The red-violet Susan B. Anthony stamp,1936. The colour violet stood for Women’s Suffrage.

A dialogue from Part One of my novel, Violet, with a piece at the end discussing how it was written.

After exchanging letters and talking on the phone, Beth and James meet in a West End restaurant. James has just drunk from a shared glass smeared with Beth’s lipstick.

Beth brought out her letters. “What you sent me,” she said simply. “All of them.”
“I wrote that much?”
She fingered carefully: “Twenty two pages.” To her, these said it all. They were what had brought her.
“Ah, but you wrote even more.”
“I’m not sure about that.”
“Definitely. I’ll count them when I get home.”
“You’ve kept them, then?”
“Of course.” He laughed, “And reread them. You’re a real writer.”
“Well, if that’s so, it’s because I find it easier…”
James nodded as she returned the letters to her handbag.
“I suppose it’s about words, and getting them on paper,” she added.
“Words, words, words,” he said lightly.
“Yes, that’s what I use,” she continued, meeting his eye.
“OK, so what would you do,” he asked, “if we couldn’t speak?”
She raised one eyebrow, “Sorry?”
“No words, only gestures.”
“I don’t quite follow.”
James repeated.
“No words at all?”
He nodded.
“You mean sign language?”
James gave a thumbs-up.
“I’m not really sure.”
“It’s a game people play. People like us.”
Beth considered, staring at her glass. “You mean you want to try?”
“Well, why not?”
“OK,” she said, “let’s have a go.”
James placed one hand palm-up on the table. He looked down and up. Raising the other hand he air-drew a circle around the room. A mischievous expression crossed his face. His fingers closed on an imaginary microphone and he mimed a chorus from a song. Breaking off, he looked both ways then waved to the gallery, jazz-handed. By now he was fresh-faced, beaming into camera. With a smile, he ended pointing to himself, to her, then down towards the lines in his palm. His eyes met hers and he nodded. When Beth made a noise, he switched his finger to his lips.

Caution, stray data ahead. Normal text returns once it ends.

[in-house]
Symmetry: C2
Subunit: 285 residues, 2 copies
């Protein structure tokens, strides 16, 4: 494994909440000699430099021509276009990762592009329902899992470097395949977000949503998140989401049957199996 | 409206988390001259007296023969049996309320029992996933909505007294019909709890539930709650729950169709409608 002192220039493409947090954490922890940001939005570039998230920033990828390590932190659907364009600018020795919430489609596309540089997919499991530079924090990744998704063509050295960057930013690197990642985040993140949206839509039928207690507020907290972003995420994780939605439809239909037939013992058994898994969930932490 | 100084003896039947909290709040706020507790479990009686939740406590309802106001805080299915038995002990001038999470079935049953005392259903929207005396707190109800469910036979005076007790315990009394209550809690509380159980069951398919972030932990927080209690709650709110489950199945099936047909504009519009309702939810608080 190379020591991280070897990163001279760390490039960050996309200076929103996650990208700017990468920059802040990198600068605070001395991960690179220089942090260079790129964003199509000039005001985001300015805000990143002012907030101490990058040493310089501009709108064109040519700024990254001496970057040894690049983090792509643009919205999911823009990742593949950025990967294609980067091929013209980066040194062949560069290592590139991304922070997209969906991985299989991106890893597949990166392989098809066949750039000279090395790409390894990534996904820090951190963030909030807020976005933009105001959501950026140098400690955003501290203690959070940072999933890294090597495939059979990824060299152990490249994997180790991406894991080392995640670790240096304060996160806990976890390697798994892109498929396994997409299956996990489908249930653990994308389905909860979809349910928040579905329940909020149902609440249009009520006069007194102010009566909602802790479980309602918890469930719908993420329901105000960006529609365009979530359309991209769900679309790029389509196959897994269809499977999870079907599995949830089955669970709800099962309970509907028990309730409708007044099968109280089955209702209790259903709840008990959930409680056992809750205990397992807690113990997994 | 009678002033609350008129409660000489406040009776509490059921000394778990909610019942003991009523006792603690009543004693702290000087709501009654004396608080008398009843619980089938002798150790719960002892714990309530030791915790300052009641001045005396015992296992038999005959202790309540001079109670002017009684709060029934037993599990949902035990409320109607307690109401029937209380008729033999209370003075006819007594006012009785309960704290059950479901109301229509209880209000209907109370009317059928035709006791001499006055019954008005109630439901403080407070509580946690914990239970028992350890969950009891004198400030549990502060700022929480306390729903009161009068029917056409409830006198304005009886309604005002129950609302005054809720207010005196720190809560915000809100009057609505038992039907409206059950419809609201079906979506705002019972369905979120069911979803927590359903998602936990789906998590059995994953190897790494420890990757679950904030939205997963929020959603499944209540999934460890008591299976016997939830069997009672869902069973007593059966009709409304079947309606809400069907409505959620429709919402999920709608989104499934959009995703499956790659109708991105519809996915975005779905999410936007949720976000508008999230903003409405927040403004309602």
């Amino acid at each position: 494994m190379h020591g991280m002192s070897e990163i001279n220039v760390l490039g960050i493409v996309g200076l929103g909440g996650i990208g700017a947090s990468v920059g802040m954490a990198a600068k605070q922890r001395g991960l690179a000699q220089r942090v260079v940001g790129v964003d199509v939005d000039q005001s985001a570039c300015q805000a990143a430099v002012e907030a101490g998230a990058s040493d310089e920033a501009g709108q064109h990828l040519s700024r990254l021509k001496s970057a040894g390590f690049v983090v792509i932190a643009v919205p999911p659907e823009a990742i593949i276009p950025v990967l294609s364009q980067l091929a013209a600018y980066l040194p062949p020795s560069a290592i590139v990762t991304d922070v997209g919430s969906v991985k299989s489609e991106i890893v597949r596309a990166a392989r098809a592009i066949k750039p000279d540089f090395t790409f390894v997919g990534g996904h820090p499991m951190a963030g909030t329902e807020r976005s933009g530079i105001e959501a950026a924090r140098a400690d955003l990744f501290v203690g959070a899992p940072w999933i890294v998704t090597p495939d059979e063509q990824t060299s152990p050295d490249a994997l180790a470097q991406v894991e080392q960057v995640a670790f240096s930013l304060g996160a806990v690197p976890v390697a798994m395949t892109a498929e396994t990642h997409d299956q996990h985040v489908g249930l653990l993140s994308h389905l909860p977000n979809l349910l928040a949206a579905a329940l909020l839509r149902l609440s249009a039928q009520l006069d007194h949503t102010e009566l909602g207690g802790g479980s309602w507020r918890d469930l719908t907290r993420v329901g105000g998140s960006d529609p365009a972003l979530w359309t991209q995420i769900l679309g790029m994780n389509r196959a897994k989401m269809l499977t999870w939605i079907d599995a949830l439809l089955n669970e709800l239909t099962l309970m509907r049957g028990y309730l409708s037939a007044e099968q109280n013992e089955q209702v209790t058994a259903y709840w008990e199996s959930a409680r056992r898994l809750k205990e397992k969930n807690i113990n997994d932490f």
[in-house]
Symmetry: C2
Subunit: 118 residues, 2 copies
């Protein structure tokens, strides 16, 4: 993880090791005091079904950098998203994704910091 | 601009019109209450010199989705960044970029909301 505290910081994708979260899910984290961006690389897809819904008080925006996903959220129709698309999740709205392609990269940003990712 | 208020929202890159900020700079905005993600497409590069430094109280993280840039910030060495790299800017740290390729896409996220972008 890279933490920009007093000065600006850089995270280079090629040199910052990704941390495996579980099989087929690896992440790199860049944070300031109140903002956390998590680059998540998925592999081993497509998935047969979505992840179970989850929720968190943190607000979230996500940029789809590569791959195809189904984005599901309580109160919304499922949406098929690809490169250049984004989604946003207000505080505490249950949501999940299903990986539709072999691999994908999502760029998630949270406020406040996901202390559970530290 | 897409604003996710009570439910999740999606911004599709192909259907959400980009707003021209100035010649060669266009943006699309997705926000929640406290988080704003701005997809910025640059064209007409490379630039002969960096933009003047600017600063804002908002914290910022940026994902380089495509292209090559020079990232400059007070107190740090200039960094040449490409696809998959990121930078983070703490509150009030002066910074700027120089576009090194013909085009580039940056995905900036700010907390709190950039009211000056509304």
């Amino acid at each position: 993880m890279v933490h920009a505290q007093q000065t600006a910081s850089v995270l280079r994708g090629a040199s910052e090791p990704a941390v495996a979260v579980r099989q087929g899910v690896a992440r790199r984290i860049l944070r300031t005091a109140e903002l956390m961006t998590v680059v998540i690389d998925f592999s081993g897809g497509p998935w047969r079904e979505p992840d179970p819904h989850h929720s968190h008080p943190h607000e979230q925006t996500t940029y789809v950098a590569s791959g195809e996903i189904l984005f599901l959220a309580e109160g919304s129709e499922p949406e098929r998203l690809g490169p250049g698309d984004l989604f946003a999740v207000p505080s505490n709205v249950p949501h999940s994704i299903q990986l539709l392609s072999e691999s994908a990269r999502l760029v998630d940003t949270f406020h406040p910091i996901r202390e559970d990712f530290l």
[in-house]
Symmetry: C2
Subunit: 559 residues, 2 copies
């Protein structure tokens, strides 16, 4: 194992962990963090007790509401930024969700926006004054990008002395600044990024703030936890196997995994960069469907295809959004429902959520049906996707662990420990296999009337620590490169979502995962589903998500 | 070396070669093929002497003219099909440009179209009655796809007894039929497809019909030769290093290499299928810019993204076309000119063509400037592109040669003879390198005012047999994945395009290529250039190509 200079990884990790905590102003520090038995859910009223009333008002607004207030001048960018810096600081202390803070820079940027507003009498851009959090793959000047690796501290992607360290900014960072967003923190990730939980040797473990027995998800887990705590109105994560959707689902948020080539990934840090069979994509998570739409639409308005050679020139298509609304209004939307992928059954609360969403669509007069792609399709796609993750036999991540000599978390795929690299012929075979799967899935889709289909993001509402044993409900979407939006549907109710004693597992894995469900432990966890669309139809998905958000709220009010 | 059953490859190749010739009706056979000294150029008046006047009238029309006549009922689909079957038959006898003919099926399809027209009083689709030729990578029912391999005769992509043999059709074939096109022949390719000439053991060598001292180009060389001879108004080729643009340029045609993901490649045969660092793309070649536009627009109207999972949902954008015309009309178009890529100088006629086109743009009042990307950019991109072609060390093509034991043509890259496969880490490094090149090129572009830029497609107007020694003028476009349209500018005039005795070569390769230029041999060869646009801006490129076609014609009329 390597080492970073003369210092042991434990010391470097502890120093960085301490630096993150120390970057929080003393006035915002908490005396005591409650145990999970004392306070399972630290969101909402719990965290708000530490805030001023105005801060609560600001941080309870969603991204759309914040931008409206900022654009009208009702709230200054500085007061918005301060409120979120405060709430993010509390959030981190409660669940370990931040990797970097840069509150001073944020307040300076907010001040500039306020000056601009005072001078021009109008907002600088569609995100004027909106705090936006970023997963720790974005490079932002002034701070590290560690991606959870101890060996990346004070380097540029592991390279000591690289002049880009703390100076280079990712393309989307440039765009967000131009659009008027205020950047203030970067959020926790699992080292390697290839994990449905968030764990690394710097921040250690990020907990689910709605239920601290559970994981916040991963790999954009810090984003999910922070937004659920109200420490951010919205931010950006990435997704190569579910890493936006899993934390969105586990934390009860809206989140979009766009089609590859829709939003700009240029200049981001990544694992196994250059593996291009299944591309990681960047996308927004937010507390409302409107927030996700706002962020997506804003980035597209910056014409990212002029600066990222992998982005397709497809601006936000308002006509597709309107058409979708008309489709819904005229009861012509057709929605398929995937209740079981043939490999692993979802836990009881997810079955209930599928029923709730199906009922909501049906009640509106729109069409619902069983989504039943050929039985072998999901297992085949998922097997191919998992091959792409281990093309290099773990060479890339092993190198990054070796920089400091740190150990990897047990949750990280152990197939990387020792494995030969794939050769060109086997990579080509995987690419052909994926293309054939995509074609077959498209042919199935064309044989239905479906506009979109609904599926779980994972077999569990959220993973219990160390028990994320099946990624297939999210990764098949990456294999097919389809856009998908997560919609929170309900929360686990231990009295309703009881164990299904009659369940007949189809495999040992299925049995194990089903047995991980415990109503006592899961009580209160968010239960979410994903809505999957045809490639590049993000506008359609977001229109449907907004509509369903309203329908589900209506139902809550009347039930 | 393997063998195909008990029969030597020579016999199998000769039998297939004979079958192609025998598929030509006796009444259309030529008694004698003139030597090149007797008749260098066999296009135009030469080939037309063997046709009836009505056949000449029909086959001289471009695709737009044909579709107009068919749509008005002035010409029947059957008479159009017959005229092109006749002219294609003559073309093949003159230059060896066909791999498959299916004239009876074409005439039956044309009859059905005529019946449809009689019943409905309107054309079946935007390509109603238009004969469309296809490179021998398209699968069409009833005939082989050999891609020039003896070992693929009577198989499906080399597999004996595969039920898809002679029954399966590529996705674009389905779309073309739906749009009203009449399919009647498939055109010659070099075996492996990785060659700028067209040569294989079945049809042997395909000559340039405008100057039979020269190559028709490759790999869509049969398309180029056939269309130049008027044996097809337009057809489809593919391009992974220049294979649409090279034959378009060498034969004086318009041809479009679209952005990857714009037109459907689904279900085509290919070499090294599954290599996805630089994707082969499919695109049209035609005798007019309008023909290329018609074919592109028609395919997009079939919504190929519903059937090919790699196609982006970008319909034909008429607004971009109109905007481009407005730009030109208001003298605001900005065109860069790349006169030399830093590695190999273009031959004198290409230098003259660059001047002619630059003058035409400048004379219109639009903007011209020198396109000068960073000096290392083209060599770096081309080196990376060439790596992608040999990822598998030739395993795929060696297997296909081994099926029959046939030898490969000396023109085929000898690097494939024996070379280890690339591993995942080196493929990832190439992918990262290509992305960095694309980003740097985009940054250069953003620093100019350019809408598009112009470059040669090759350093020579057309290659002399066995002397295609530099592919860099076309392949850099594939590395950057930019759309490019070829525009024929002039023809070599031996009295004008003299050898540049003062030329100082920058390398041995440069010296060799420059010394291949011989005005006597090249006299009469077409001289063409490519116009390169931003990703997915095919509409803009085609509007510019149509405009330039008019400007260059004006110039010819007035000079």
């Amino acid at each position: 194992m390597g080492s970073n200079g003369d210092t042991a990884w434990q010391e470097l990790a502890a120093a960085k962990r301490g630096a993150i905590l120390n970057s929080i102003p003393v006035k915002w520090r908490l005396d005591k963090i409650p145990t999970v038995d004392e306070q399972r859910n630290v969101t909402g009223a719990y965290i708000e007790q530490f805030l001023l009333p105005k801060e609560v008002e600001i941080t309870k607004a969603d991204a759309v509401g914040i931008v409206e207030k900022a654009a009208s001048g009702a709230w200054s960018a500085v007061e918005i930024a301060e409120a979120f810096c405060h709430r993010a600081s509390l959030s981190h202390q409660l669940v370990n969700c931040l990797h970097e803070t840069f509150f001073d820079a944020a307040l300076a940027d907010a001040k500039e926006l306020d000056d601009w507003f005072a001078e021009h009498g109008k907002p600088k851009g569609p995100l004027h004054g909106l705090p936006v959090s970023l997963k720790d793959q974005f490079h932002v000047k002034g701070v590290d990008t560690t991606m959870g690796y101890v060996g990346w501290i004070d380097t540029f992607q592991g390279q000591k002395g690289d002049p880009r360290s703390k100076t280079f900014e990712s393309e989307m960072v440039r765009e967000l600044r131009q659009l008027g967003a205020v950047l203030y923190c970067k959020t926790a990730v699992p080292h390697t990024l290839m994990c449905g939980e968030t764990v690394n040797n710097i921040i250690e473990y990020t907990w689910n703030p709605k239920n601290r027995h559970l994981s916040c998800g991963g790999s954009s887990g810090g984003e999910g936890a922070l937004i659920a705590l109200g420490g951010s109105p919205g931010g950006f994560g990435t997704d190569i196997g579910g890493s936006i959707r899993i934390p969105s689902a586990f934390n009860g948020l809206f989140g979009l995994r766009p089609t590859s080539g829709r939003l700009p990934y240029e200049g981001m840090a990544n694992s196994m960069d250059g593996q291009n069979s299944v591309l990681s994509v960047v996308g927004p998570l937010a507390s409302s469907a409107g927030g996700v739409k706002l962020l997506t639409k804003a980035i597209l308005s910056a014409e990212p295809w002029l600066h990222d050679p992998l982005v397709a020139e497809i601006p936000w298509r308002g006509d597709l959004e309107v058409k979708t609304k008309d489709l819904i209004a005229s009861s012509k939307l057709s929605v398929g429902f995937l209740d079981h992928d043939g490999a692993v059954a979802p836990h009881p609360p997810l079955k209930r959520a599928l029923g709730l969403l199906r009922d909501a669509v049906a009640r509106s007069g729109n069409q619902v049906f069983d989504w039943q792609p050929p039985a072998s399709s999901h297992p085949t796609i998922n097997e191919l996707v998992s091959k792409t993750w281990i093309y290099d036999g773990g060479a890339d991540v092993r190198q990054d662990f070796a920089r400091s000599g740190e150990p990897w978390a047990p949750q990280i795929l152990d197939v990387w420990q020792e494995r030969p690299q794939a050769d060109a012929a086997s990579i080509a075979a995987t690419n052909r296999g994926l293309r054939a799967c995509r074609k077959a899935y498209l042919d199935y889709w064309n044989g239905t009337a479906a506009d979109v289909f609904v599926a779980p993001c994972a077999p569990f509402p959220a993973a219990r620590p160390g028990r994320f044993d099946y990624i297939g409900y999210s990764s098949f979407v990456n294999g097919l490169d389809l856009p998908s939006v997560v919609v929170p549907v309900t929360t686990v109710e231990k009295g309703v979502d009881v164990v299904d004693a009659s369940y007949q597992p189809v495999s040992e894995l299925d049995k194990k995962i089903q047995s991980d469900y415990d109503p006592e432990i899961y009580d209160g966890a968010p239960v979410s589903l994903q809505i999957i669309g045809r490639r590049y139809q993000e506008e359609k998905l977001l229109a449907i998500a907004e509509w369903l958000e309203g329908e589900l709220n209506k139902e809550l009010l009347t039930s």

Beth sat forward. For a second she blanked, then narrowing her eyes, looked right, looked left, dropped one shoulder and raised her arm in a rounded gesture. Her face shaped surprise. One hand came back to press against her forehead, feigning thought. She held her pose before straightening, turning out her arms to a chicken-wing position. She pushed herself to the edge of her seat. Her mouth dropped open and she froze for a second, looking down. When she flapped her hands, James began laughing.

French anarchist, journalist and feminist Caroline Rémy de Guebhard (pen name Séverine) in violet – by Renoir.

“That’s not allowed,” she said, straightening in her chair.
“But I didn’t speak.”
In reply she rolled her eyes. Folding her arms, she adopted a quizzical expression.
He shrugged, “OK, point taken. But does laughing count?”
“You sure?”
James laughed again, this time more softly. Pushing upright, he raised one hand to his jaw. Turning his wrist and starting at a corner, he zipped up his mouth. In the pause that followed the room came closer. Suddenly he leaned forward and touched her hand. “I’ve just thought,” he said. “We can do it another way.”
Beth’s eyebrows shot up.
“Listen,” he raised one finger, “you know this track?” On the speakers, a warm, darkly sinuous female voice had just begun. Behind it, a deep bass rhythm was beating up. He rose, offering his hand: “Dance?” The one word, said nicely, filled up the air.
Beth flushed, about to speak. When James placed a warning finger to his lips, she paused. His offer was a lift… she’d not imagined… it was all so unexpected – but also, perhaps, a proof of commitment. It meant he was with her.
He asked again.
Beth looked around quickly then rose. The one word went with her, repeated. Dance, dance, dance: it was quite enough for her.
Allowing him to lead, she passed between tables to a floor space at the back. Here they took up position. In the half-dark, moving slowly, absorbed in warmth and breath and the closeness of flesh, they began.
As they slow-danced together, Beth felt his hands closed about her waist. She was touched and held and at one with herself; it was as if she’d come alive. They shuffled in step, rocking side to side, and she was full-length in the mirror, trying out her moves. The words came back from a dance show – such a wonderful feeling – and an idea struck her. She’d watched and cheered and given her support, but always at a distance, from the outside, and not like this: suddenly she was at centre.
The music ran on. They turned and stepped, moving without thought. Their bodies, pressed close, were soft and loose and smoothly connected; it seemed they were afloat. And she knew, as she circled, what touch and excitement and bright lights and being on screen really meant…